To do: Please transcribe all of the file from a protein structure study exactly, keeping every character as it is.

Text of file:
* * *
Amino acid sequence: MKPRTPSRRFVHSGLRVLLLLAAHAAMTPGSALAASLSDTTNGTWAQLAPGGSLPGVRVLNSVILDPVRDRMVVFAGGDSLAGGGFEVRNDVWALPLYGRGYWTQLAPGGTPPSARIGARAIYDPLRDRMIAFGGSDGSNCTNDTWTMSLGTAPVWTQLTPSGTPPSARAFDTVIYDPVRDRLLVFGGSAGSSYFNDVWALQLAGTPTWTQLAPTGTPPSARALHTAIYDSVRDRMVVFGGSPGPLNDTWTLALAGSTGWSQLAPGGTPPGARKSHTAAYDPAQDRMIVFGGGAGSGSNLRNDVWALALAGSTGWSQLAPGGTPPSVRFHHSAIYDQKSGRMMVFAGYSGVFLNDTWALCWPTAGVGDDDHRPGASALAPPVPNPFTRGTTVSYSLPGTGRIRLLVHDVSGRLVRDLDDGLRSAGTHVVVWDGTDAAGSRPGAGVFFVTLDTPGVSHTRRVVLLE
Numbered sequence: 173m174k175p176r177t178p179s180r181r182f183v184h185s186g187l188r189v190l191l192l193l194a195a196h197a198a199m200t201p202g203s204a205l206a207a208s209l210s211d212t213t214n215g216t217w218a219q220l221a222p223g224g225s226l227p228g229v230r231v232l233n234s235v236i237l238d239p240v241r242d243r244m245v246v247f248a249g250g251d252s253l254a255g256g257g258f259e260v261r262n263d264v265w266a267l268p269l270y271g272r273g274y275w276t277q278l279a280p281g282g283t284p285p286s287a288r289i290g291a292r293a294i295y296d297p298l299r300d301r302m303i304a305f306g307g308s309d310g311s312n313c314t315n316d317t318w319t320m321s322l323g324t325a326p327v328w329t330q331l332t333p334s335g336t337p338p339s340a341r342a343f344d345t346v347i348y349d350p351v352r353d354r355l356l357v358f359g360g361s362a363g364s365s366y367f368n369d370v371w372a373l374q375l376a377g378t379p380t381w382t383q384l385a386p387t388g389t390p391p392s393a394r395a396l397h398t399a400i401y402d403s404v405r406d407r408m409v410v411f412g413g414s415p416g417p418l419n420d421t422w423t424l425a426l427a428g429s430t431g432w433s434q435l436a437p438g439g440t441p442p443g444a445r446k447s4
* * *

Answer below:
Amino acid sequence: MKPRTPSRRFVHSGLRVLLLLAAHAAMTPGSALAASLSDTTNGTWAQLAPGGSLPGVRVLNSVILDPVRDRMVVFAGGDSLAGGGFEVRNDVWALPLYGRGYWTQLAPGGTPPSARIGARAIYDPLRDRMIAFGGSDGSNCTNDTWTMSLGTAPVWTQLTPSGTPPSARAFDTVIYDPVRDRLLVFGGSAGSSYFNDVWALQLAGTPTWTQLAPTGTPPSARALHTAIYDSVRDRMVVFGGSPGPLNDTWTLALAGSTGWSQLAPGGTPPGARKSHTAAYDPAQDRMIVFGGGAGSGSNLRNDVWALALAGSTGWSQLAPGGTPPSVRFHHSAIYDQKSGRMMVFAGYSGVFLNDTWALCWPTAGVGDDDHRPGASALAPPVPNPFTRGTTVSYSLPGTGRIRLLVHDVSGRLVRDLDDGLRSAGTHVVVWDGTDAAGSRPGAGVFFVTLDTPGVSHTRRVVLLE
Numbered sequence: 173m174k175p176r177t178p179s180r181r182f183v184h185s186g187l188r189v190l191l192l193l194a195a196h197a198a199m200t201p202g203s204a205l206a207a208s209l210s211d212t213t214n215g216t217w218a219q220l221a222p223g224g225s226l227p228g229v230r231v232l233n234s235v236i237l238d239p240v241r242d243r244m245v246v247f248a249g250g251d252s253l254a255g256g257g258f259e260v261r262n263d264v265w266a267l268p269l270y271g272r273g274y275w276t277q278l279a280p281g282g283t284p285p286s287a288r289i290g291a292r293a294i295y296d297p298l299r300d301r302m303i304a305f306g307g308s309d310g311s312n313c314t315n316d317t318w319t320m321s322l323g324t325a326p327v328w329t330q331l332t333p334s335g336t337p338p339s340a341r342a343f344d345t346v347i348y349d350p351v352r353d354r355l356l357v358f359g360g361s362a363g364s365s366y367f368n369d370v371w372a373l374q375l376a377g378t379p380t381w382t383q384l385a386p387t388g389t390p391p392s393a394r395a396l397h398t399a400i401y402d403s404v405r406d407r408m409v410v411f412g413g414s415p416g417p418l419n420d421t422w423t424l425a426l427a428g429s430t431g432w433s434q435l436a437p438g439g440t441p442p443g444a445r446k447s4